“You might say that I had an interest in it. time to find out what was going on out I told Childers that I had an interest in it at there."

the time I listed it." D. S. Brasher testified: That at the time Childers came into the office

The price on the list which he had teshe was then working for Priddy as bookkeeper, tified from was $5,000 an acre the first time and that Priddy owned an oil lease in block 61. he gave it to Childers, and was the same the "He had a list of the price that he would sell last time he gave it to Childers. He told that lease at at that time. This is a copy of Childers 30 or 40 minutes before he brought that list there (reading the list), 'Leases near the men into the office. the Burk-Waggoner well for sale by W. M. Priddy. All prices subject to change or with

"I told Childers that it carried a 10 per cent. drawal.'” That this printed form was then in commission. Mr. Priddy himself had left that the office where appellee talked to the wit- price list in the office. With reference to Mr. ness. "Mr. Priddy at that time never author- Priddy writing it up or having his stenographer ized me to make a price or sell any of his acre

to write it up and left there with me, they age; he always said that he confirmed the sell- were scattered all over the office-all over town. ing and the buying himself.” “With reference Mr. Priddy left that in the office for the brokers

to get. to Mr. Childers coming up there on or about

I did not have any instructions. the 23d day of April, a few days before the there had a right to submit these to any broker

* I or any one else in the office force sale here, in which he claims that he had some purchasers, he first came up there and talked to or to any other purchasers that asked for them. He came to see Mr. Priddy, and he was

We did that." busy at the time. We got in some kind of a conversation about this lease, and I just listed

Priddy had the list made up. The witness that with him there accordingly. I had a list did not know there was a rumor of a well in there in my pocket, and I told him about this block 61. If he had known it, he would not 212 acres in particular that he could sell. The have given Childers that price, but would list was a copy of the one just like that. I have gone to see Priddy; did not know that looked at that list to see what it was. I did not he had authority to give Childers the price; know anything else about it. Mr. Childers then was never authorized. came back the next day to see if the list had The effect of Priddy's testimony is that been changed in any way or withdrawn. He

prior to the day Childers came in to see him talked to me. He looked at the list again. He he had the property listed at $5,000 per acre, came back two or three times. He came back but there was a rumor of a well on the block, and confirmed it two or three times. The first and that he advanced the price to $6,000. two or three times he came back it had not been changed. The last time he came back be- When Childers first came to his ottice Pridfore bringing these parties up there he asked dy asked at what price he thought he was me if that price was still good. With reference selling, and Childers said $5,000. Priddy to what I said on that day when be asked me told him he would not want to sell at that if it was good, I would not think about giving price, and that he had advanced the price him an answer without going and looking at to $6,000; that he then told Childers to the list. I did not know. I did not drill the bring up the parties and they might be will. acreage myself. I went over to the desk and ing to pay $6,000, but that when they came asked one of the stenographers in the office. up they would not pay that amount. He She said: “There is the list there. I looked aid not authorize Brasher to sell or list to in the desk drawer there. I told him that was Childers. "He had no authority from me to the last price on it; that was all that was said there. I said: “That is the last price given.' handle this lease in any way, shape, or form." I was looking at this statement in Mr. Priddy's He had given Brasher and other members of drawer. Mr. Priddy never authorized me to his working force each a 38/100 working inmake any statement to Mr. Childers about terest in the profits on the sale of the land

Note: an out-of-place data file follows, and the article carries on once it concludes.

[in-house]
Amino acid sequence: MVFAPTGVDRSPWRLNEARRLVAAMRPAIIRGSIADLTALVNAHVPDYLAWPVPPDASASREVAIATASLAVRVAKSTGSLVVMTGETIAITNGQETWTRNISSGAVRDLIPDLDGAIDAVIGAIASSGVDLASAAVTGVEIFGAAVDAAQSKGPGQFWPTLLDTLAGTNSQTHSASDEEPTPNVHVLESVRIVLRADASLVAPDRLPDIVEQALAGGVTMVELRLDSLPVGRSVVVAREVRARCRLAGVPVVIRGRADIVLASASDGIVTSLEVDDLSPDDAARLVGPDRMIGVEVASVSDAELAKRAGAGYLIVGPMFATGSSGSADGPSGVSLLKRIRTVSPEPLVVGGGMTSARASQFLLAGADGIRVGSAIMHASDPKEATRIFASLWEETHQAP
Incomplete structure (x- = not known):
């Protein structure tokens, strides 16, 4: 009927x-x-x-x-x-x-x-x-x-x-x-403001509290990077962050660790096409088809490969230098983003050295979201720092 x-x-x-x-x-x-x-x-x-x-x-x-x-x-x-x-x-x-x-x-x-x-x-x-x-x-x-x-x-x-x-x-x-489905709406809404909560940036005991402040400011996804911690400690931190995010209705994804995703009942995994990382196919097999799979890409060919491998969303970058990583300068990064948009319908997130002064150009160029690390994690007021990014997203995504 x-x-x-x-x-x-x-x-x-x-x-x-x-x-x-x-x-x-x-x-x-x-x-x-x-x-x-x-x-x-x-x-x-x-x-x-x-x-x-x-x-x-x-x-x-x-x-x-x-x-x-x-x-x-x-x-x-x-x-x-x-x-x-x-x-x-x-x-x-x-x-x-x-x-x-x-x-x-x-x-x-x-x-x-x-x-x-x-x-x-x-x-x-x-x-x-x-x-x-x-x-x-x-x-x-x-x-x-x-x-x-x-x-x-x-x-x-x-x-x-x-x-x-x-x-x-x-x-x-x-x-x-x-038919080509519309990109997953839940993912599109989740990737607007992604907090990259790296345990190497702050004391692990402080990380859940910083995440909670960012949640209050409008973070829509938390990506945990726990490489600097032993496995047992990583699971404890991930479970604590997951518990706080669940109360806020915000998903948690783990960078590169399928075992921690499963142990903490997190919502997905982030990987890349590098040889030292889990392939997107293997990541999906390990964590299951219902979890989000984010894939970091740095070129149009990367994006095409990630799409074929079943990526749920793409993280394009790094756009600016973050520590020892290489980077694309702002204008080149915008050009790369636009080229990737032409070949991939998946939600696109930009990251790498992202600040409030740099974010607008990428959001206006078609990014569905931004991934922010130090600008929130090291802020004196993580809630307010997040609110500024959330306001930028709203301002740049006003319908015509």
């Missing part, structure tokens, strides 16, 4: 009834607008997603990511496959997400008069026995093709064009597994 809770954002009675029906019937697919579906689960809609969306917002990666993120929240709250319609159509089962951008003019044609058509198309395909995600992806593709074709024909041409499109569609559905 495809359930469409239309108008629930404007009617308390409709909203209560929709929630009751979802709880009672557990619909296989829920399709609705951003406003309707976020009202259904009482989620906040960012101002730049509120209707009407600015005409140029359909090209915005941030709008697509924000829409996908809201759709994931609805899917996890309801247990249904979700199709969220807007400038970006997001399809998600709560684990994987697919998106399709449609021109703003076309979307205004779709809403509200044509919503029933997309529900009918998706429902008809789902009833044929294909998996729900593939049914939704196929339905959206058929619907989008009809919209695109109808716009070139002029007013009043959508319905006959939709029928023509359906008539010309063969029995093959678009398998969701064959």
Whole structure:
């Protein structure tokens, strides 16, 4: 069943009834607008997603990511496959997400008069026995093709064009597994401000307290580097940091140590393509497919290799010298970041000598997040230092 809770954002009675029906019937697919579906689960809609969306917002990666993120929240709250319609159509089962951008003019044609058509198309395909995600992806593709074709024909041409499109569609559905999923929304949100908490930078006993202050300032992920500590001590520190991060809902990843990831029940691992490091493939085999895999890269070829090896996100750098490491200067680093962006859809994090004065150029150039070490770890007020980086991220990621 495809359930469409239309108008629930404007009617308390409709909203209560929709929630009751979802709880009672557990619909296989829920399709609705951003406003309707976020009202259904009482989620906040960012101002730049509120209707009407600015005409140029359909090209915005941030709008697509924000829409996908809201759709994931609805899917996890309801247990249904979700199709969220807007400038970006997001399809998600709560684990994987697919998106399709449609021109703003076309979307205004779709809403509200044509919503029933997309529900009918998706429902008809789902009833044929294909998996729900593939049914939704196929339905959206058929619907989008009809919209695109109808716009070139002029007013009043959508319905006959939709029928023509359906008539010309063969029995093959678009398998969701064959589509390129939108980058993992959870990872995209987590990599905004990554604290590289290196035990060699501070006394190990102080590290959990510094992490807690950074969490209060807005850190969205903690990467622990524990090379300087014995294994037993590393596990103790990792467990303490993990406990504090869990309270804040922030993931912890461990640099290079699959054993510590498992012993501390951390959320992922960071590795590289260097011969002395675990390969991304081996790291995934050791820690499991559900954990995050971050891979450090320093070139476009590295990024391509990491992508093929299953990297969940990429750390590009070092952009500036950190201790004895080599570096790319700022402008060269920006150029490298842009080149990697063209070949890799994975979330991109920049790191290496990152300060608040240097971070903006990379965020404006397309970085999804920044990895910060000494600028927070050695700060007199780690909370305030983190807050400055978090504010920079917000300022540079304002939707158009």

me.

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(248 S.W.) The witness further testified that he had | McDonald v. Cabiness (Tex. Civ. App.) 98 heard a rumor the night previous of a well S. W. 913. brought in, or about to be brought in, on the [1] "One who employs a broker to find a block, and that he arrived at his office late purchaser is usually liable for compensation, the next morning; that very soon after he regardless of the nature of his interest in the arrived he advanced the price and made a property." 9 C. J. 586, notes 92 and 93. pencil memorandum on different lists as to We are inclined to think, even if appellee the advanced price, testifying from a particu- | had known that Priddy was the owner, he yet lar list upon which the advance appears to could rely on the statement that Brasher have been marked. He said he marked the had an interest. There is, therefore, suffiadvance on several lists. "Here is one I had cient evidence to authorize a judgment on my desk. *